"The Bank of England raised rates in August for the second time in the past year, lifting Bank Rate to its highest level since 2009," analysts at Royal Bank of Canada Economic Research team point out.
"The move was fully anticipated though the MPC’s unanimous vote was stronger than markets expected (last November’s hike saw two dissents). In their decision, policymakers noted recent economic data were in line with their forecasts from May. In particular, monthly GDP growth showed economic activity picked up in Q2, seeming to confirm the view that weakness earlier this year was largely weather-related. Labour market data have also been supportive—job growth was robust in the three months to May and the unemployment rate remains at a 40-year low, pointing to limited economic slack."
"Wage growth is running slightly slower than expected at this point in the cycle but the BoE seemed to put more weight on their survey of businesses that has indicated rising wage pressures. The central bank continued to signal that limited and gradual tightening will be needed over the coming years to keep inflation on target."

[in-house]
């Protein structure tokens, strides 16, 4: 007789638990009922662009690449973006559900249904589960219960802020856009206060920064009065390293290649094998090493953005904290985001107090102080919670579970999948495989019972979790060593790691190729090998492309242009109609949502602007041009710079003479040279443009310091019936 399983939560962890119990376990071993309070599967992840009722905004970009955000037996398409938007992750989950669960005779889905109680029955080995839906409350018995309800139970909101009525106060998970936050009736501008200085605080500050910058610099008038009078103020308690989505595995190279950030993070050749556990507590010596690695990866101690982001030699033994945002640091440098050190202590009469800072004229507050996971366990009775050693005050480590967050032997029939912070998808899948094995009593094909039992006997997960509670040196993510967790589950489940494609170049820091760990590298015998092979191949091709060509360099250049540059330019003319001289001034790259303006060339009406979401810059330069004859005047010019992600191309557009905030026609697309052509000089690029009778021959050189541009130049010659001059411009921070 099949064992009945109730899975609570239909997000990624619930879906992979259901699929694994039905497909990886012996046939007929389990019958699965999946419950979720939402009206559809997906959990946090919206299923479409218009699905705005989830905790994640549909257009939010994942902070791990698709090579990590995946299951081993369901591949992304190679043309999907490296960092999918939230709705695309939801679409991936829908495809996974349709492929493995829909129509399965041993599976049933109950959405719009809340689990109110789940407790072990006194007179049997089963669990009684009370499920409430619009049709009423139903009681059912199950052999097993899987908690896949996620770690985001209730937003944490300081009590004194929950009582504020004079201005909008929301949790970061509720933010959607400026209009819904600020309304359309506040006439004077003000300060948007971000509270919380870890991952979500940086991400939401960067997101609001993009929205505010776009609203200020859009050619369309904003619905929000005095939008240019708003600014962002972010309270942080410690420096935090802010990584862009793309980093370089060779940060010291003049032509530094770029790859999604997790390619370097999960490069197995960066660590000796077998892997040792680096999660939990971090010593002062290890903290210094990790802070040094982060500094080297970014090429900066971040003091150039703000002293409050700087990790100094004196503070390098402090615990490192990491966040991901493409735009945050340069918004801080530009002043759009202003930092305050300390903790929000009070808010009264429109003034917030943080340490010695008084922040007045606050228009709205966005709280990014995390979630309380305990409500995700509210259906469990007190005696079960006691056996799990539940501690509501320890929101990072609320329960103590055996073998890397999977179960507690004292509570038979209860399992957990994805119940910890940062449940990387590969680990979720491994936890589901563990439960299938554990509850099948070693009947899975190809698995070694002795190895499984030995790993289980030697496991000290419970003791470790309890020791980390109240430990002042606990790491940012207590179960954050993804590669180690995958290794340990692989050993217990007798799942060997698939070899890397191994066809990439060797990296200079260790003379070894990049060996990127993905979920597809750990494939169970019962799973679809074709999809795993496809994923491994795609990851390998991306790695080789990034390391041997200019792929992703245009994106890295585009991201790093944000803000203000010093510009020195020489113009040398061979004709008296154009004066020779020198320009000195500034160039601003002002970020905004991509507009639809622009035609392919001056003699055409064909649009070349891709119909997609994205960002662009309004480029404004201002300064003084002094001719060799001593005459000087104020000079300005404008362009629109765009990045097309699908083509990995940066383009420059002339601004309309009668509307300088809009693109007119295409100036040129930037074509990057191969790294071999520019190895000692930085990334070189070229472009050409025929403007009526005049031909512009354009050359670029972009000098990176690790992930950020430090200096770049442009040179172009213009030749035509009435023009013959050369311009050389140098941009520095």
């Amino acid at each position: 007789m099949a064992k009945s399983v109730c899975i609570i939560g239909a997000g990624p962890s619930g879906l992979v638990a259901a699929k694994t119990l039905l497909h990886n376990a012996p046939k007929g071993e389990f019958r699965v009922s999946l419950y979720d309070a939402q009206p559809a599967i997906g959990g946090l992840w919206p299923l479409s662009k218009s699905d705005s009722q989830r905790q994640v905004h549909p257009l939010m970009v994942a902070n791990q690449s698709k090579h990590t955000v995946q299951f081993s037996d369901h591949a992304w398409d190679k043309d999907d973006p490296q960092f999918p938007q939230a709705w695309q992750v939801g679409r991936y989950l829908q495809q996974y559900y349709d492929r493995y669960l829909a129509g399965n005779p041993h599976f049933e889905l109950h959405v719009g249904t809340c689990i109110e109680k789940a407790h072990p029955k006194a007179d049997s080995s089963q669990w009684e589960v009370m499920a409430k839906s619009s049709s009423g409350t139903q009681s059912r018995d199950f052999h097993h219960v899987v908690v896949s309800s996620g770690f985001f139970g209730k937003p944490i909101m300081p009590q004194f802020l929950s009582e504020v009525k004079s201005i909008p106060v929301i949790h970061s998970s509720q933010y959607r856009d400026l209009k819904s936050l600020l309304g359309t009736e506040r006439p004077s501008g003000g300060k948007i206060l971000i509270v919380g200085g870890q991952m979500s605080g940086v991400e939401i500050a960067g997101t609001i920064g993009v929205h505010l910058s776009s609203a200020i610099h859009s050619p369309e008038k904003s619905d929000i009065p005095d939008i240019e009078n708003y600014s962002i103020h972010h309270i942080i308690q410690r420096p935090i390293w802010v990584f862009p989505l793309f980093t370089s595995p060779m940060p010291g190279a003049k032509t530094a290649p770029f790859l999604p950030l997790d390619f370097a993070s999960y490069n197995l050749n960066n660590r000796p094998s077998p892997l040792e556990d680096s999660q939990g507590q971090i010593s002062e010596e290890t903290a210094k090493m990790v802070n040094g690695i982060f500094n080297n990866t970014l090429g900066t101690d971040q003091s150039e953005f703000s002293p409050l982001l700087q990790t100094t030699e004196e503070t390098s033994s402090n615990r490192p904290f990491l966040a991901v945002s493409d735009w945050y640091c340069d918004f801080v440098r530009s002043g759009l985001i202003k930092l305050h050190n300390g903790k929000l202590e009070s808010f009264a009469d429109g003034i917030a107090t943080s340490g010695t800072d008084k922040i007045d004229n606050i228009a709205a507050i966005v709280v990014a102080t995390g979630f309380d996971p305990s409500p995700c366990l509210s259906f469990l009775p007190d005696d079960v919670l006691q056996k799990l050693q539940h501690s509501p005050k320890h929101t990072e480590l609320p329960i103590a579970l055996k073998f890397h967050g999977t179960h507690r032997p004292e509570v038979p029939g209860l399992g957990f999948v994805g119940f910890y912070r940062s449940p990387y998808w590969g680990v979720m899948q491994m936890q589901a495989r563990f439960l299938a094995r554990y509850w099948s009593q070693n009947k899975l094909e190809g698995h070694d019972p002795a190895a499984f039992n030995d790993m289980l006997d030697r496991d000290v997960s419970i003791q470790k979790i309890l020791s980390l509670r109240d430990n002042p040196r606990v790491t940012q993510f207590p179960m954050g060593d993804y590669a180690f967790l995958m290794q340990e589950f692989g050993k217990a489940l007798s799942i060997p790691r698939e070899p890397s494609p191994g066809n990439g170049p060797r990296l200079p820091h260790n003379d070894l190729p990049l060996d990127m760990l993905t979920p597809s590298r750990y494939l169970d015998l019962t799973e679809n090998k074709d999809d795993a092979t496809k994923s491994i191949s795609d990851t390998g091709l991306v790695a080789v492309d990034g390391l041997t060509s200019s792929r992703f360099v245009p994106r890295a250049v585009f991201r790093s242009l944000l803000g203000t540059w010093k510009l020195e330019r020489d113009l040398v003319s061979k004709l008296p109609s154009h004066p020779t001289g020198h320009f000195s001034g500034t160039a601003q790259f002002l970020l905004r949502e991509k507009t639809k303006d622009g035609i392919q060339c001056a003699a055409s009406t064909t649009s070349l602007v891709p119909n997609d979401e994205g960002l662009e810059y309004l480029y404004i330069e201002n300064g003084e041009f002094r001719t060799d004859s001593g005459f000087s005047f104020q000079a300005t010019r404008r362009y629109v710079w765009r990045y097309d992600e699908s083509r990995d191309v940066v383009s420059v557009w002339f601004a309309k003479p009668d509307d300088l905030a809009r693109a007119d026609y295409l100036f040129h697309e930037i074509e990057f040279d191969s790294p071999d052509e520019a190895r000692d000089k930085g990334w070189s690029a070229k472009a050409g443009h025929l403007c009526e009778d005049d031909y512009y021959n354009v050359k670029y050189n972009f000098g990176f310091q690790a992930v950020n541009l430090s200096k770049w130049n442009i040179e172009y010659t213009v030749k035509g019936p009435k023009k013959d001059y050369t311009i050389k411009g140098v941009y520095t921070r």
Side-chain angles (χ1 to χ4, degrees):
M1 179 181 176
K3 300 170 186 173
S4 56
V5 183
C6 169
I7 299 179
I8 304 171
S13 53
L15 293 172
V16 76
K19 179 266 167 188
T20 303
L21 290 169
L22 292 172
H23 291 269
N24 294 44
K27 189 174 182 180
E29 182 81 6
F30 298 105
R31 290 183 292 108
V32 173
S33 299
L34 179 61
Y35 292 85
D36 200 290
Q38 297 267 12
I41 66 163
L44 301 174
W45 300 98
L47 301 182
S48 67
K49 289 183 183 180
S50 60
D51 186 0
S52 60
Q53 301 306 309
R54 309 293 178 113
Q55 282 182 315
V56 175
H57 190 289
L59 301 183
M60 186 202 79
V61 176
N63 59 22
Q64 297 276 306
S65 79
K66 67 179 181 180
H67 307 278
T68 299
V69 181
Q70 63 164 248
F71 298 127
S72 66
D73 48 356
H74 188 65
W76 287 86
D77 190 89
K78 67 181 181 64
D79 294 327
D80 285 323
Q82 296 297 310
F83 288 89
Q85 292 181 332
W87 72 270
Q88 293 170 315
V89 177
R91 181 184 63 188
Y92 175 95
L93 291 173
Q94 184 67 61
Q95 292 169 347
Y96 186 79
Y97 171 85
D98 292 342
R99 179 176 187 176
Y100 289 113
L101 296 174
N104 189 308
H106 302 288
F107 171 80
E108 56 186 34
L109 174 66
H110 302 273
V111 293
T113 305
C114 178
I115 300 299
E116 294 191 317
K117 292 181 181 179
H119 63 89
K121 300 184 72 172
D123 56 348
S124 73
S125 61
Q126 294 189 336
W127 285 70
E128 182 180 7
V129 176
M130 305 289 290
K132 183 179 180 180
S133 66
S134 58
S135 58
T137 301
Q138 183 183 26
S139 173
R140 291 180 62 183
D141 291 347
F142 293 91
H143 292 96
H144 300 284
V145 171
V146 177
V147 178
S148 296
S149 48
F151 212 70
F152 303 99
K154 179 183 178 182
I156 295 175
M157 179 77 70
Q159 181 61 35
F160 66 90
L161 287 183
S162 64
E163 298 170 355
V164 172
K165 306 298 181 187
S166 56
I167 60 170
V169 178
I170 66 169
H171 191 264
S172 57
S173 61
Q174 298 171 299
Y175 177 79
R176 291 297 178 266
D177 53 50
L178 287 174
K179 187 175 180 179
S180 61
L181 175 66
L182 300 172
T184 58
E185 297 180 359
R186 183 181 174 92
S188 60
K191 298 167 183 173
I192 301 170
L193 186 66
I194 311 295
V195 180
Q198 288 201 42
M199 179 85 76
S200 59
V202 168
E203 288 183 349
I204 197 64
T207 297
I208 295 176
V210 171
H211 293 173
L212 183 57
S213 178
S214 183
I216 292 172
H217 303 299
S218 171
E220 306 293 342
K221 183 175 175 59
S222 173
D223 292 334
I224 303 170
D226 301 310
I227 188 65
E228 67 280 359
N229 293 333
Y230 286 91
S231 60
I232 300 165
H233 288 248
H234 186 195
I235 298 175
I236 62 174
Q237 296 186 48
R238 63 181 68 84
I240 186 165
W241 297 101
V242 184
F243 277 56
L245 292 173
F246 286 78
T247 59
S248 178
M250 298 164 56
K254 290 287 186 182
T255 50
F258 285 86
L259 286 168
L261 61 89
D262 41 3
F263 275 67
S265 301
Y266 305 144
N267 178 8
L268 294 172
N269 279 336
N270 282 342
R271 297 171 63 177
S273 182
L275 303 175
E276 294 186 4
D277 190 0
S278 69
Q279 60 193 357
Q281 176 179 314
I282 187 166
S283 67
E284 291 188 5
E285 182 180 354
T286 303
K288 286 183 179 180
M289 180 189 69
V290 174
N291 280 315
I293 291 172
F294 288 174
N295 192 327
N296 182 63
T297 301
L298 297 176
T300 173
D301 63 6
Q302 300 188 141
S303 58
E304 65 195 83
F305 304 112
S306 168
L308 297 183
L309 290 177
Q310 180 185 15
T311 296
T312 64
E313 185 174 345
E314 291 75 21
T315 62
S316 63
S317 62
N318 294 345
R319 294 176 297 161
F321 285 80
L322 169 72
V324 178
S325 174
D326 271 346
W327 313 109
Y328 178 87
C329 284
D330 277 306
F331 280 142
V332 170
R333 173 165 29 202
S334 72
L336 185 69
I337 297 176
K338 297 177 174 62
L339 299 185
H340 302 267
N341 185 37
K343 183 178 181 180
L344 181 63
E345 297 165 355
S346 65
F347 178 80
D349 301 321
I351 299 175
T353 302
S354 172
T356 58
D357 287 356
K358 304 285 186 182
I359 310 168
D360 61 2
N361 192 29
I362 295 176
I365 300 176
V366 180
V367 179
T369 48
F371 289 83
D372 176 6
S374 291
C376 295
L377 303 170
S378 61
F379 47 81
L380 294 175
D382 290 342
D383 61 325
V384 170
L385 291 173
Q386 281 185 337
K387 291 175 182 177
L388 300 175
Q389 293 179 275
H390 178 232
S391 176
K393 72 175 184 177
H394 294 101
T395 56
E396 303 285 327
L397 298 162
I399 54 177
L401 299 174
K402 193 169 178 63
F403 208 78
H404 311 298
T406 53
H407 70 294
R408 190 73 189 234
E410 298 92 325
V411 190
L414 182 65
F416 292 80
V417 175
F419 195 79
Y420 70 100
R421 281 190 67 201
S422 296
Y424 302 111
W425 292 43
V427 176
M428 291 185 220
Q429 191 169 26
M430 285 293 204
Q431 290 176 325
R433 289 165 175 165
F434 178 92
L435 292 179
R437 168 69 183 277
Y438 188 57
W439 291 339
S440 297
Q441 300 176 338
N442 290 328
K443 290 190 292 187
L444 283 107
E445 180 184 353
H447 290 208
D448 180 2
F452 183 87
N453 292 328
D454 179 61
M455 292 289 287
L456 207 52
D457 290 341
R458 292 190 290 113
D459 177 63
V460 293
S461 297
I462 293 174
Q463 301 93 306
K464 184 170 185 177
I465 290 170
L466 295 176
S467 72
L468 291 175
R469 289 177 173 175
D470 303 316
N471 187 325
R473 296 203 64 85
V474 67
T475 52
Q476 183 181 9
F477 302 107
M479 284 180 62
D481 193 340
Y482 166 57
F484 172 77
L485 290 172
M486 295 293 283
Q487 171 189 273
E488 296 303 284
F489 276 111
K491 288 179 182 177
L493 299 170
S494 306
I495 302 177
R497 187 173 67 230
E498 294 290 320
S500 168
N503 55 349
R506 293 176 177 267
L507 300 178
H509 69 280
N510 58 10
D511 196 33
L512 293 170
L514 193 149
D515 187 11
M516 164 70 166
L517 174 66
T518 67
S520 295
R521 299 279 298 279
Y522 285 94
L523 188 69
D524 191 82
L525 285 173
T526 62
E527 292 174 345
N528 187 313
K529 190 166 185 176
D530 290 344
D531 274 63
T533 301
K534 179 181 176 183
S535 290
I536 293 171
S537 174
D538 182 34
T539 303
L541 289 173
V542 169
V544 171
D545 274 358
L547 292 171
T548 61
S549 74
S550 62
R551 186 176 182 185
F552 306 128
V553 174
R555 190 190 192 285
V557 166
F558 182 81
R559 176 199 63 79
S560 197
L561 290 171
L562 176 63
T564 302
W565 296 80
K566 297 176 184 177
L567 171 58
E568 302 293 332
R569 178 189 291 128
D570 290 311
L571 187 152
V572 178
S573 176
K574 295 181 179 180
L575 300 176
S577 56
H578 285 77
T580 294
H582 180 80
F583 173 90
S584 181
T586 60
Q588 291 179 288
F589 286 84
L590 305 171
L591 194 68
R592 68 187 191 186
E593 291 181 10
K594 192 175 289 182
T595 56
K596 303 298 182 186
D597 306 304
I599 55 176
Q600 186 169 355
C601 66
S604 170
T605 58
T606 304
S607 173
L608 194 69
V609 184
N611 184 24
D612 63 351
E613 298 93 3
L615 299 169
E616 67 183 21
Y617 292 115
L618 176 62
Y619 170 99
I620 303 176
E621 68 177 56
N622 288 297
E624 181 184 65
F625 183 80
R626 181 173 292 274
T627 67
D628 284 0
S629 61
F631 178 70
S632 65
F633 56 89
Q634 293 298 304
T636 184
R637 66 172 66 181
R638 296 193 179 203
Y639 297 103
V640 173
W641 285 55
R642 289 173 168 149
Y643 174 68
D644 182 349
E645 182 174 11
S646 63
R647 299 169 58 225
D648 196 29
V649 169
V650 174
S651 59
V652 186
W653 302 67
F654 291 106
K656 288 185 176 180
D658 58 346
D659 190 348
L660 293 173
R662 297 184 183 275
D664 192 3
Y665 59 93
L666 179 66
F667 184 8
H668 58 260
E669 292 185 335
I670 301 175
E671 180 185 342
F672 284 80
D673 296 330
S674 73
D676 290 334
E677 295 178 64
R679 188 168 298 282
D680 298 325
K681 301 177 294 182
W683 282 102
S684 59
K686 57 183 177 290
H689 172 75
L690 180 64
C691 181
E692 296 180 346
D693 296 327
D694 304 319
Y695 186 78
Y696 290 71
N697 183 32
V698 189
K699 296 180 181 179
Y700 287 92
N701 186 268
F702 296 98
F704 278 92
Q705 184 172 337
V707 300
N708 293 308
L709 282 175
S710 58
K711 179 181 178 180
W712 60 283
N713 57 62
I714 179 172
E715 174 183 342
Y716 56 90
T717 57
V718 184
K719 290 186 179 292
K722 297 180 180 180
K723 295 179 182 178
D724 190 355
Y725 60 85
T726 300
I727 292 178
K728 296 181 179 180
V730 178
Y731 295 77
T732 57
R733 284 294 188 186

"The outlook for further rate increases rests on the central bank’s assumption for a ‘smooth’ outcome in Brexit negotiations. That is looking increasingly optimistic heading into what could be the final round of talks between the UK and EU. Even if an agreement between the two sides can be reached, it’s not clear UK parliament would ratify the deal given dissent within PM May’s own party to her soft Brexit approach. BoE Governor Carney noted in August that the likelihood of a ‘no deal’ Brexit scenario is “uncomfortably high.” We think how negotiations evolve in the coming months will be key to when (or if) the BoE next raises rates. For now our forecast assumes another hike early next year."
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